Black Friday, what impact will it have on the market?

23.11.2022 12:16|Conotoxia Ltd Analyst Team

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This coming Friday (25.11) is Black Friday, which is the colloquial term for the Friday after Thanksgiving in the United States. It traditionally marks the start of the pre-Christmas shopping season in the United States. Historically, it has kicked off one of the best months for retailers. However, let's examine how the markets have reacted to this time and how this year may unfold.

Historical market behaviour

According to data from the seasonax platform, on average for the period from 15 to 30 November for the last 37 years (since 1984), the main S&P 500 index (US500) has risen by an average of 0.64% (24 times) which would give a historical performance of as much as 63%. For the uptrend periods, the average gain was 4.44%, and the average loss was -5.55%. The maximum increase was in 2012 and amounted to approximately 15%, while the largest loss occurred in 1987 and amounted to -13%. Interestingly enough, that same year we saw the market collapse later called 'Black Monday'.

Comparing this to the later period from the beginning of December to the end of the year for the same years, the index grew by an average of 3.69% (an efficiency of 64%). The average increase was 8.79% and the average loss was -5%. The maximum increase we could see was in 1991, which was 23.53%, and the largest loss of -12% was seen in 1996. 

It seems that historically for the stock market this period may have been one of the best for investment. Given the data presented and the current price of the S&P 500 index at 4,000 points, we could see a change in price by the end of the year with about 64% probability to levels around 4148 points, with an average increase to around 4352 points and an average decrease around 3800 points.

Source: Conotoxia MT5, US500, Weekly

What can we expect in the current year?

More often than not, the declines in these periods were during the year when there were financial market crises. For example, we could see falls of more than 5% in 2007 (real estate crisis), 2002 and 2003 (years after the "DOTCOM" crisis), 1986 (Black Monday gold market collapse).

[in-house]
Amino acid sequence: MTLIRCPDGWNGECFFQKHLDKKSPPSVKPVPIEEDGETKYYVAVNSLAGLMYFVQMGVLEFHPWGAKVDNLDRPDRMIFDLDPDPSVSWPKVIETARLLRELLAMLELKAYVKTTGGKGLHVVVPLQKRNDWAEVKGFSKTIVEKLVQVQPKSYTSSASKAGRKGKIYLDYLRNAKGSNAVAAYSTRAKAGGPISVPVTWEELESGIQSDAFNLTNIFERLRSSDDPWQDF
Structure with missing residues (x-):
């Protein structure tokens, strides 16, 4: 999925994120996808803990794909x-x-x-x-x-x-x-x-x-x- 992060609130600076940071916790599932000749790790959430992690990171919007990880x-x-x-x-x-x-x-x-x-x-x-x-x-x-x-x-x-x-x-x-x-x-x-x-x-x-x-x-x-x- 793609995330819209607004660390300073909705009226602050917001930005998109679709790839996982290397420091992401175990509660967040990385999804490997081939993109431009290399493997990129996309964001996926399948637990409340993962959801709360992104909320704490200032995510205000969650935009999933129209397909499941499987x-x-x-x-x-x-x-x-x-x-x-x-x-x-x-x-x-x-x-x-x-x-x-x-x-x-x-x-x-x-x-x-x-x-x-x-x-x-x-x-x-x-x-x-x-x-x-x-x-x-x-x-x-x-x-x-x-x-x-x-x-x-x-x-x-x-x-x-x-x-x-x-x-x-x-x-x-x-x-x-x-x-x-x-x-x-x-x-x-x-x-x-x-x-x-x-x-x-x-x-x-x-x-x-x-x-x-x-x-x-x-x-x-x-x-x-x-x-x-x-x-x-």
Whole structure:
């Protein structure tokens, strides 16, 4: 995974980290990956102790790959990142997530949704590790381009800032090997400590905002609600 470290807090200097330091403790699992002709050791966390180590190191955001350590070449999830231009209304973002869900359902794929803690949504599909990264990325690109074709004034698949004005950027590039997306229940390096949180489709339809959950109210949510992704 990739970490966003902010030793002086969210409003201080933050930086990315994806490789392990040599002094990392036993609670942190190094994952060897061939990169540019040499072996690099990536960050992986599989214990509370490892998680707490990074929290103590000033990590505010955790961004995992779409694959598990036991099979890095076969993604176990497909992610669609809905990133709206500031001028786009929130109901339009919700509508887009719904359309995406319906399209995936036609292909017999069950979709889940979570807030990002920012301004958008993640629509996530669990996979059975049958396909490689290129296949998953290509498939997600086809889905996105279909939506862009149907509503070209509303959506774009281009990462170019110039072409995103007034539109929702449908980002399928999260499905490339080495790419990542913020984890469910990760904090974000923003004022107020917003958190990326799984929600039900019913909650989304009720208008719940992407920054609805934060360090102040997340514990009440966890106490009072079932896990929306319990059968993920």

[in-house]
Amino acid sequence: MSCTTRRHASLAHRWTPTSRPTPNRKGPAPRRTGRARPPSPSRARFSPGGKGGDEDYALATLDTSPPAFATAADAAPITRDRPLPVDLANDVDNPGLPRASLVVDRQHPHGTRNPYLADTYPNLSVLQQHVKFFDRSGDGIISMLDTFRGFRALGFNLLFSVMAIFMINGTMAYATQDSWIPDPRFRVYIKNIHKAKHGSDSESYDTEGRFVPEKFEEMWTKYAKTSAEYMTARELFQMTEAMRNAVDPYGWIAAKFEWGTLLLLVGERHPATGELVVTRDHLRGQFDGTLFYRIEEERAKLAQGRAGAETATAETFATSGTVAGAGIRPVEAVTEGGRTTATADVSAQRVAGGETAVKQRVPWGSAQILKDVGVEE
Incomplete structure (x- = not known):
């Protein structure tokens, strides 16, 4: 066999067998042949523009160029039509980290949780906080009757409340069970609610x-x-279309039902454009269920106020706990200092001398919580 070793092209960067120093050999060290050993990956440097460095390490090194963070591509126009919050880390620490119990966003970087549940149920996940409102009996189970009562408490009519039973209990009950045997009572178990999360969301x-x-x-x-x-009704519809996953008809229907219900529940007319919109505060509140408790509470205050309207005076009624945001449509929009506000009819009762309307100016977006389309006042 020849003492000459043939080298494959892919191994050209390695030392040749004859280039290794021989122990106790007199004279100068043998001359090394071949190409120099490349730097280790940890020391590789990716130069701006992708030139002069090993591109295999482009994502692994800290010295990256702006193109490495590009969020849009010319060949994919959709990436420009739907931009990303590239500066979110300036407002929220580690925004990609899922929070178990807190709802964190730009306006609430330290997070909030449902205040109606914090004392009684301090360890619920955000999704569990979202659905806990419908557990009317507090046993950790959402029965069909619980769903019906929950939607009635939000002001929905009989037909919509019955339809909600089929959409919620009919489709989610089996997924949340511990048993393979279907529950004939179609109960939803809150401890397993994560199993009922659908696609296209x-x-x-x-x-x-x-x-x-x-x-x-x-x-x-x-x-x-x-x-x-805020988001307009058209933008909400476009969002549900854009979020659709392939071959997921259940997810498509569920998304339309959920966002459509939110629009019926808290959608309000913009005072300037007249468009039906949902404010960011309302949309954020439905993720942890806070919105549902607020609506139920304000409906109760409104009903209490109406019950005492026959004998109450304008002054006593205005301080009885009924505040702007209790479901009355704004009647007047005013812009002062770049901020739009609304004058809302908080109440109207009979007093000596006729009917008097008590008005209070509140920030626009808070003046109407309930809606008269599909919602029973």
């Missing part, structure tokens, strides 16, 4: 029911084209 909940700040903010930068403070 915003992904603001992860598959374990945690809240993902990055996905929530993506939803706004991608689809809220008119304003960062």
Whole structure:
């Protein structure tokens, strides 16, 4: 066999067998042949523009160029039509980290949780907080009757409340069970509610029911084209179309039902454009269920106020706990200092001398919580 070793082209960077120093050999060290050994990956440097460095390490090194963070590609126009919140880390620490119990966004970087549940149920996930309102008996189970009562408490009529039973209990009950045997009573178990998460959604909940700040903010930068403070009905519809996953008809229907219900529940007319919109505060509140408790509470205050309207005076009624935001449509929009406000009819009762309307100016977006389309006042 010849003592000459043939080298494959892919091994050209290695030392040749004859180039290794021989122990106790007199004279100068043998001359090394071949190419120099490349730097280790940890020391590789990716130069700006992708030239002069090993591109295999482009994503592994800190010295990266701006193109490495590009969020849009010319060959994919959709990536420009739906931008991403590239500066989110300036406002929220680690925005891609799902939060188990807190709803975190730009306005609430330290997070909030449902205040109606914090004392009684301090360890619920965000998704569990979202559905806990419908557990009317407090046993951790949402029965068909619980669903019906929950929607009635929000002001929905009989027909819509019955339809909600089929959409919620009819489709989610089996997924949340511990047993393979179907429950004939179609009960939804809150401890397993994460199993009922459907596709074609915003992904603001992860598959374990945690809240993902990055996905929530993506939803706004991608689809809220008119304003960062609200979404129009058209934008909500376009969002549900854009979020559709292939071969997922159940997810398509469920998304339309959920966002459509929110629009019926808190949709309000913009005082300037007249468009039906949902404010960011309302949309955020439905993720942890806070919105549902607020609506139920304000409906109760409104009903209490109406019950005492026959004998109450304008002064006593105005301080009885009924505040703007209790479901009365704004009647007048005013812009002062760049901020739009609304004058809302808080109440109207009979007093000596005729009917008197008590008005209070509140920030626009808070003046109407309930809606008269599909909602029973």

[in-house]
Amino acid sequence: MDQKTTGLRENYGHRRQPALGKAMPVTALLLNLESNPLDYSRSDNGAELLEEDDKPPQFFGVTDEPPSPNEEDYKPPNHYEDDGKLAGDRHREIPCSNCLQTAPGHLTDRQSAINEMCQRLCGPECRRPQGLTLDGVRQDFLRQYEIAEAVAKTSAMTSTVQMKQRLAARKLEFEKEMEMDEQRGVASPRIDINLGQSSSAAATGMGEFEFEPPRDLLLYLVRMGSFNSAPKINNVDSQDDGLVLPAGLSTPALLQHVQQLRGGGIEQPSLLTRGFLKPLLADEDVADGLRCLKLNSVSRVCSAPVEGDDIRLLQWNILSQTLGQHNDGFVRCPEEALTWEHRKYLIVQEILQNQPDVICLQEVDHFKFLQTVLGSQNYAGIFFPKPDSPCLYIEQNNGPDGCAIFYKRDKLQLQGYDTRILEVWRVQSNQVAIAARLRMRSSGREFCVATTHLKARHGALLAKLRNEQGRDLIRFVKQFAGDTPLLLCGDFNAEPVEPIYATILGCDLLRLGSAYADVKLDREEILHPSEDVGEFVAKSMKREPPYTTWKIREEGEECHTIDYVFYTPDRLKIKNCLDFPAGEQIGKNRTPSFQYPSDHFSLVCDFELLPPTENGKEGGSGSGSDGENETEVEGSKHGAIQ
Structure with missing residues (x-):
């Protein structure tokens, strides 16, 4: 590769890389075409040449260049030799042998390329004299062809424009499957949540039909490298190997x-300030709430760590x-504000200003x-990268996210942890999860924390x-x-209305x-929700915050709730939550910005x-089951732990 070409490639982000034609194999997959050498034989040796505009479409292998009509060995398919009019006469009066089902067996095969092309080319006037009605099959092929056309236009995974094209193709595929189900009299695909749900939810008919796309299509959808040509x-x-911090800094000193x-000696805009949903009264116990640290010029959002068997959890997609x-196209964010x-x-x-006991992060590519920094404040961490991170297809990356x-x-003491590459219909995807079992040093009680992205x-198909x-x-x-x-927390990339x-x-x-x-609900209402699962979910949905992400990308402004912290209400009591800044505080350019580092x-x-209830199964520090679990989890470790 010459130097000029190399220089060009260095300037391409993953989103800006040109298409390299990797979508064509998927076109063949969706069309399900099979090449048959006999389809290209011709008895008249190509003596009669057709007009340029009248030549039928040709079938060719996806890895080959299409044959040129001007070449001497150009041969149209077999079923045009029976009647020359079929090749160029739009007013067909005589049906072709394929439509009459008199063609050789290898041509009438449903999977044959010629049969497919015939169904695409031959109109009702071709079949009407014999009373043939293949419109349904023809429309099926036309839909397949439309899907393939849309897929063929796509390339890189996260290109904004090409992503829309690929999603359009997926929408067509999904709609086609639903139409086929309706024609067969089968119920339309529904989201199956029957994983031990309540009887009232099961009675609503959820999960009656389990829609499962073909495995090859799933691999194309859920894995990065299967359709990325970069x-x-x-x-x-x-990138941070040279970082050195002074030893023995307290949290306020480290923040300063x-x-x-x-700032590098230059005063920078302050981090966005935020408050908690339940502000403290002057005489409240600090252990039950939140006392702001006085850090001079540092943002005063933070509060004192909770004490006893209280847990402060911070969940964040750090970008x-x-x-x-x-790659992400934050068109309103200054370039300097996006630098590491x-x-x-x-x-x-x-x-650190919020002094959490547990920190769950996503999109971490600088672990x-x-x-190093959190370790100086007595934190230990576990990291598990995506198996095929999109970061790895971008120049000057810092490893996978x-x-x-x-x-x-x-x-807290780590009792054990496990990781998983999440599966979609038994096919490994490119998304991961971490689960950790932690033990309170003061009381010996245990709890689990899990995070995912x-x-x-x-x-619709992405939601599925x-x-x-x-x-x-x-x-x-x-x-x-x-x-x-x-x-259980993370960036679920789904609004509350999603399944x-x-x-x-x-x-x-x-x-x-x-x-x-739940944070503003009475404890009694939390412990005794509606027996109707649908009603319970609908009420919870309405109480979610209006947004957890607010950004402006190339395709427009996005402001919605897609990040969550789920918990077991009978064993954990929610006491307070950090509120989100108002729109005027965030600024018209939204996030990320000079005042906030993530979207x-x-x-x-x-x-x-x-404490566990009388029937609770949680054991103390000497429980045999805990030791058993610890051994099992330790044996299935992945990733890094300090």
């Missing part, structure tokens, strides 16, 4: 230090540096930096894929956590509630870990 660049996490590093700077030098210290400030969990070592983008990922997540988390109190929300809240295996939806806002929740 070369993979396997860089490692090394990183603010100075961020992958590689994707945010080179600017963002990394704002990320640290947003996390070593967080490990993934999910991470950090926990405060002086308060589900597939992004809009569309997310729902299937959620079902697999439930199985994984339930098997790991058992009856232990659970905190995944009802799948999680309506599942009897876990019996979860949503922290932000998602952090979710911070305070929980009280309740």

The best periods almost always seemed to be linked to a good performance year for the companies. We saw increases above 15% in 1999 (the year before the 'DOTCOM' crisis), 1990 (the year before the severe US drought), or 1985. 

It seems that with the current situation of rising interest rates, high inflation, or falling corporate earnings, it would  be hard to expect more positive scenarios. It seems that customers this year, faced with rising borrowing costs or rising product prices, may not seem as willing to spend as much as they did in times of prosperity. Therefore, we might see little change in the index or even declines. 



Grzegorz Dróżdż, Junior Market Analyst of Conotoxia Ltd. (Conotoxia investment service)

Materials, analysis and opinions contained, referenced or provided herein are intended solely for informational and educational purposes. Personal opinion of the author does not represent and should not be constructed as a statement or an investment advice made by Conotoxia Ltd. All indiscriminate reliance on illustrative or informational materials may lead to losses. Past performance is not a reliable indicator of future results.

CFDs are complex instruments and come with a high risk of losing money rapidly due to leverage. 75,21% of retail investor accounts lose money when trading CFDs with this provider. You should consider whether you understand how CFDs work and whether you can afford to take the high risk of losing your money.

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